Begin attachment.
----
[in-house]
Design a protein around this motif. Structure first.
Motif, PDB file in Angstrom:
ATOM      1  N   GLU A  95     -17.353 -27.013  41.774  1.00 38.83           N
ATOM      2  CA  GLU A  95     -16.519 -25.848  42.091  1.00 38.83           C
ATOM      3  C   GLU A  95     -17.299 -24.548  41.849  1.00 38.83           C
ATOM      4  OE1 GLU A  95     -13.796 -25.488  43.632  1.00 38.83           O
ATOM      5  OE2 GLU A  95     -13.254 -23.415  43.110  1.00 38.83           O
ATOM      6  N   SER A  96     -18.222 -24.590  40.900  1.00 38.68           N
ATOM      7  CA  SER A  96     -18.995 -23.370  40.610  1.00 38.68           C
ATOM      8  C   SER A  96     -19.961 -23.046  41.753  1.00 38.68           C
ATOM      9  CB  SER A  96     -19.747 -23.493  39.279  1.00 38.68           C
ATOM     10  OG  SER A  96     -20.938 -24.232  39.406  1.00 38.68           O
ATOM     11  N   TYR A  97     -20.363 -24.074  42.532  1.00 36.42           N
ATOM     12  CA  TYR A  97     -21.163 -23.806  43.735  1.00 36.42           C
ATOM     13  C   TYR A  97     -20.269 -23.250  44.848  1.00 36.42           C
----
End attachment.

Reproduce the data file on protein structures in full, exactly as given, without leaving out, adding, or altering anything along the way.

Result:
[in-house]
Design a protein around this motif. Structure first.
Motif, PDB file in Angstrom:
ATOM      1  N   GLU A  95     -17.353 -27.013  41.774  1.00 38.83           N
ATOM      2  CA  GLU A  95     -16.519 -25.848  42.091  1.00 38.83           C
ATOM      3  C   GLU A  95     -17.299 -24.548  41.849  1.00 38.83           C
ATOM      4  OE1 GLU A  95     -13.796 -25.488  43.632  1.00 38.83           O
ATOM      5  OE2 GLU A  95     -13.254 -23.415  43.110  1.00 38.83           O
ATOM      6  N   SER A  96     -18.222 -24.590  40.900  1.00 38.68           N
ATOM      7  CA  SER A  96     -18.995 -23.370  40.610  1.00 38.68           C
ATOM      8  C   SER A  96     -19.961 -23.046  41.753  1.00 38.68           C
ATOM      9  CB  SER A  96     -19.747 -23.493  39.279  1.00 38.68           C
ATOM     10  OG  SER A  96     -20.938 -24.232  39.406  1.00 38.68           O
ATOM     11  N   TYR A  97     -20.363 -24.074  42.532  1.00 36.42           N
ATOM     12  CA  TYR A  97     -21.163 -23.806  43.735  1.00 36.42           C
ATOM     13  C   TYR A  97     -20.269 -23.250  44.848  1.00 36.42           C